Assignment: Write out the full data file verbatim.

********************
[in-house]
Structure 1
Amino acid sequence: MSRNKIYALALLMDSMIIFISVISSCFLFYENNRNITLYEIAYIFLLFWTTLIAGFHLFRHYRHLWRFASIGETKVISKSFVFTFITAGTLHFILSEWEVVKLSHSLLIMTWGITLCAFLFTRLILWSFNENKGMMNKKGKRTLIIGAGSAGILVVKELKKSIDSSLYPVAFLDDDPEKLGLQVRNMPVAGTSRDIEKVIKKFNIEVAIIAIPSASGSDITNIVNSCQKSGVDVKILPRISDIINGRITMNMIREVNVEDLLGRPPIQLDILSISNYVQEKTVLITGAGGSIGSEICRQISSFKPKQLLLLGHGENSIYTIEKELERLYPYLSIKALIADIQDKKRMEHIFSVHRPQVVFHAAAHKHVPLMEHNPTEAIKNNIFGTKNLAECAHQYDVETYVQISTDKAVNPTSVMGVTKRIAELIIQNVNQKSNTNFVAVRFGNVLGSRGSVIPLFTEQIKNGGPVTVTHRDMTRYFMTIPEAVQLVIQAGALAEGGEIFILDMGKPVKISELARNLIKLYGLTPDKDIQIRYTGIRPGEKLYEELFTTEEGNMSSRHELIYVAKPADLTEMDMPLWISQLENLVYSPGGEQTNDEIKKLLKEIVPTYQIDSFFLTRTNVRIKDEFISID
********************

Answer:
[in-house]
Structure 1
Amino acid sequence: MSRNKIYALALLMDSMIIFISVISSCFLFYENNRNITLYEIAYIFLLFWTTLIAGFHLFRHYRHLWRFASIGETKVISKSFVFTFITAGTLHFILSEWEVVKLSHSLLIMTWGITLCAFLFTRLILWSFNENKGMMNKKGKRTLIIGAGSAGILVVKELKKSIDSSLYPVAFLDDDPEKLGLQVRNMPVAGTSRDIEKVIKKFNIEVAIIAIPSASGSDITNIVNSCQKSGVDVKILPRISDIINGRITMNMIREVNVEDLLGRPPIQLDILSISNYVQEKTVLITGAGGSIGSEICRQISSFKPKQLLLLGHGENSIYTIEKELERLYPYLSIKALIADIQDKKRMEHIFSVHRPQVVFHAAAHKHVPLMEHNPTEAIKNNIFGTKNLAECAHQYDVETYVQISTDKAVNPTSVMGVTKRIAELIIQNVNQKSNTNFVAVRFGNVLGSRGSVIPLFTEQIKNGGPVTVTHRDMTRYFMTIPEAVQLVIQAGALAEGGEIFILDMGKPVKISELARNLIKLYGLTPDKDIQIRYTGIRPGEKLYEELFTTEEGNMSSRHELIYVAKPADLTEMDMPLWISQLENLVYSPGGEQTNDEIKKLLKEIVPTYQIDSFFLTRTNVRIKDEFISID